Before we get into today’s Employment Situation report just out, a word or two about tomorrow’s Peoplenomics.com column.  It has everything to do with “functional equivalents of famine.”

Which matters today why?  What tips a “recession” into a “Depression” is those “left field” something else’s that come along.  There’s a list, but we think its time to begin keeping our eyes out for a modern analog to the 1920’s period when farm incomes were falling and when milk was being dumped on the ground because farmers were not making enough money to live.

While it’s true that Crashes “never happen from the top,” we need to be circumspect when considering which “top” we are talking about.

For example, we saw Tuesday in the S&P Housing report that home prices are continuing to rise.  Curiously, though, the reports don’t go into the number of closes per month.  It’s like the stock market in this sense:  When there is a huge increase in both volume and price, that’s a market going higher.  Confidence is in the driver’s seat.  Joe Granville’s modified adoption of On-Balance Volume matters.

On  the other hand, when there’re only a few shares trading and prices are going dramatically higher, then you have  a lot more downside risk. The strong hands have sold and the gamblers are playing “all in.”

One example of a “top” that being missed by the Mainstream is farming.  The Farm Bureau News reported just this week that “Farm Loan Delinquencies and Bankruptcies Are Rising
Farm Bankruptcy Filings Rise 13%.”  You do get hungry, now and then, right?

A productive mental exercise is to consider whether a lack of food, due to the Dust Bowl conditions of the 1920’s and 30’s (where were the climate cry-babies???) is any different from an exceptionally wet year that we’re going through right now?  Both can cut food output.

What do countries fight over?  Food and energy.  Ask the Sudetenland.

Although our main crop here at Uretopia ranch is big Southern Pines (many over 100′ tall) we’re also running “test” survival gardening plot this year.  The weather this year hasn’t been good for veggies. In fact Thursday, I stooped to ordering (at the suggestion  of long-time subscriber Roger in Tucson) some tomato hormones to encourage some fruit-setting.

That is partly in response to the note we offered in a recent Peoplenomics report about why preppers need to be “bee attractants” on their list, if they plan to eat heartily in whatever’s coming.  Fine to buy “survival seeds” but if they don’t pollinate and no fruit?  You could be mighty hungry.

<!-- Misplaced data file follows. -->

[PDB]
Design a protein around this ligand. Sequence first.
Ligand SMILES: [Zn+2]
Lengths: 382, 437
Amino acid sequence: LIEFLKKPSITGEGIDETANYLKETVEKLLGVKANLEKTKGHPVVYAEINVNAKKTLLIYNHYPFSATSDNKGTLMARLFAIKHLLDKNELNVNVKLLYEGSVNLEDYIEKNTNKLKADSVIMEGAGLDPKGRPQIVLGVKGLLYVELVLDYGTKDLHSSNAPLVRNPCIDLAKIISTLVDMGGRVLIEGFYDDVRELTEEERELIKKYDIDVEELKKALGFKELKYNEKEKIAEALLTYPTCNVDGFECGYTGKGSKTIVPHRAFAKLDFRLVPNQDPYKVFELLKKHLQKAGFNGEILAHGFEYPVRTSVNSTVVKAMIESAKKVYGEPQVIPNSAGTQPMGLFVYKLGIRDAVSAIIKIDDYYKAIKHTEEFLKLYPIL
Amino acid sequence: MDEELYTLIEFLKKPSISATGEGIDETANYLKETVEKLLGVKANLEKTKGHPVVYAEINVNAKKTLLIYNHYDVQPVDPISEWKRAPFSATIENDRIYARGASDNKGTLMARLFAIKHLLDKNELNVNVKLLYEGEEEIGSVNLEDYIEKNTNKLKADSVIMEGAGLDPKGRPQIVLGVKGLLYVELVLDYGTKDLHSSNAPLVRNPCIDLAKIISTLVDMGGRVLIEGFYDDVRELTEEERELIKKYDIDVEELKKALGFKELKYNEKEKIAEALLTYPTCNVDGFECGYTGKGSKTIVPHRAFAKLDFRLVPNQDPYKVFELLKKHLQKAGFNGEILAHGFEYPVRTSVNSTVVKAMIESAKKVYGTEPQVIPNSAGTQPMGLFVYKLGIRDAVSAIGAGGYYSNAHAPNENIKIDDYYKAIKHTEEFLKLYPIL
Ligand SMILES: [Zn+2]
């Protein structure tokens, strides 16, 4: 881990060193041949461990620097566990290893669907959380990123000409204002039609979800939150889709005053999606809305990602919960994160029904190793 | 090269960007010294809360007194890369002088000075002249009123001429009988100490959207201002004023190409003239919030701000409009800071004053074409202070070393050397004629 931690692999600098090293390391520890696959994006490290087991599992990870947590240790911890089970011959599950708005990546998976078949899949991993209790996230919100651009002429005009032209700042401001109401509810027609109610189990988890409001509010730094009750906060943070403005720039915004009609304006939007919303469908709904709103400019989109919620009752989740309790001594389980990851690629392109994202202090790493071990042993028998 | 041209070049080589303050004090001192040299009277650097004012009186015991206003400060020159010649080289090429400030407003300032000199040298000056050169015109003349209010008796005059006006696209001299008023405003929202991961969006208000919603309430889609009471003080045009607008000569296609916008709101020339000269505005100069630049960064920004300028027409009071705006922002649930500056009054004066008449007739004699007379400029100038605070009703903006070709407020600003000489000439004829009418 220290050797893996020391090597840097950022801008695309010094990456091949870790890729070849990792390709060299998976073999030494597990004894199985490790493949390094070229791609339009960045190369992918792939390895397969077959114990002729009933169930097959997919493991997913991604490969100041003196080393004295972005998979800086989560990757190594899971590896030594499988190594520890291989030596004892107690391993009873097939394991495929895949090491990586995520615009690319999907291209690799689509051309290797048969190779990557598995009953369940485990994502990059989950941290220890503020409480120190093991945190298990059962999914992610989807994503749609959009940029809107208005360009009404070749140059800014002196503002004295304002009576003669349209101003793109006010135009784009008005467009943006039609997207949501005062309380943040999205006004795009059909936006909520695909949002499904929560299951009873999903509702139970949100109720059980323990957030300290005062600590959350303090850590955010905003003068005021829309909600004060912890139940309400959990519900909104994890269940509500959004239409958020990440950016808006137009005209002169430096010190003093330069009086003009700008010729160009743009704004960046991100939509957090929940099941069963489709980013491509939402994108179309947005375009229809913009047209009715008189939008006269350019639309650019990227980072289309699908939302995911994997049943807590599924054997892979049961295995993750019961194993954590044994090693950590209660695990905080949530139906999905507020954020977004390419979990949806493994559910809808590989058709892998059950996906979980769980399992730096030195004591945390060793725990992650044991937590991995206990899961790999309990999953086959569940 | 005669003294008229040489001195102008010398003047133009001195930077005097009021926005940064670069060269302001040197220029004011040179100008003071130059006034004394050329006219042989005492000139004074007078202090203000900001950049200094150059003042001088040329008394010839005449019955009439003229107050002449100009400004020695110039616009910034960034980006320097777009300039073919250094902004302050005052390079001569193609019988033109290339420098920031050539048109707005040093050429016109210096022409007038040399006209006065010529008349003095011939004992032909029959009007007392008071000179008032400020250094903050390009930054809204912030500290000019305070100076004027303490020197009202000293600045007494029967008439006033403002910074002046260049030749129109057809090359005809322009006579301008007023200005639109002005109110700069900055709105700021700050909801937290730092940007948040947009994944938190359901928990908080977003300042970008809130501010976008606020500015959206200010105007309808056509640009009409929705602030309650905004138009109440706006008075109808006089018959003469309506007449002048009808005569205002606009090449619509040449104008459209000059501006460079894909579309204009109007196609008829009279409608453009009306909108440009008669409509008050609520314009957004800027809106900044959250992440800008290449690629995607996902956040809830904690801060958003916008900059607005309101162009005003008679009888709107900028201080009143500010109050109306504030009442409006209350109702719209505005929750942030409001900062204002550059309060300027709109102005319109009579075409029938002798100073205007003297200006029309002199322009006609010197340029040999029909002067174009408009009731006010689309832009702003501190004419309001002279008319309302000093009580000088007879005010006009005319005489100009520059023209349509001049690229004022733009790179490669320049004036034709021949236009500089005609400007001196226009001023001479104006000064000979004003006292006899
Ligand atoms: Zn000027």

That just begins to scratch the surface of the global food production in Depression.  Power needs to be on and block signals on the railroads all need to work.  Loves and Pilot truck stops need to be open.  Online services, too…so dependent have we become on electro-chemical farming.

There’s something ugly going on just under the surface that has some of the world’s best strategic planners worried.  We hear that a certain semi-rural airport in Ohio – a really “out of the way” place with only a remnant of one of the (almost) oil majors in town – hosted almost half a dozen international oil big-wigs this week.

These weren’t the “little” Gulfstream IV’s.  No, these were the BIG continent-crossing 700 series – and up.  Seven Sisters CEO transport.  Normally, the Big Passenger on these kind of planes can even talk with their counterparts,because of anti-trust concerns.  But there are exceptions for things like national security and since we are in the early slog of what’s turning into a second round of the 1980’s Tanker Wars and The Majors may start to avoid Hormuz.  It would be useful for them to meet somewhere in Ohio and lay in some plans.  Who would be looking?  (Besides us, lol.) A reread of Operation Earnest Will circa 1987 is in order.

A lot of the “punk kid” reporters, who’ve never done real “beat reporting” may be mystified with a term like the Seven Sisters.  Here’s who and where it came from:  Enrico Mattei of the Italian oil company ENI popularized the term in the 1950’s.  Most reporters today, being under 40, can’t remember anything prior to high school, so anything pre-2000 is rumor and prehistoric to them. Yet these dynamics from the antiquarian legacy version of Earth are still rolling into the Future today with all humanity riding on it. I digress.

Today’s point of it all is that when major industry is holding big pow-wow’s in out of the way places, there is (*to borrow from Sherlock) “…something afoot.”.

Speaking “afoot” we expect Apple may feel a bit foolish,  being so wrapped up in cost cutting and customer “causes” that they miss the call to dinner being sounded. MAGA.

“Trump tariffs could hit the iPhone.” While even juicier and more on point.  As Shira Ovide wrote for Bloomberg: U.S.-China Trade War May Finally Be Coming for Apple: The iPhone maker has said little publicly about its potential hit or what steps it might take to mitigate the impact..”  Geniuses, right?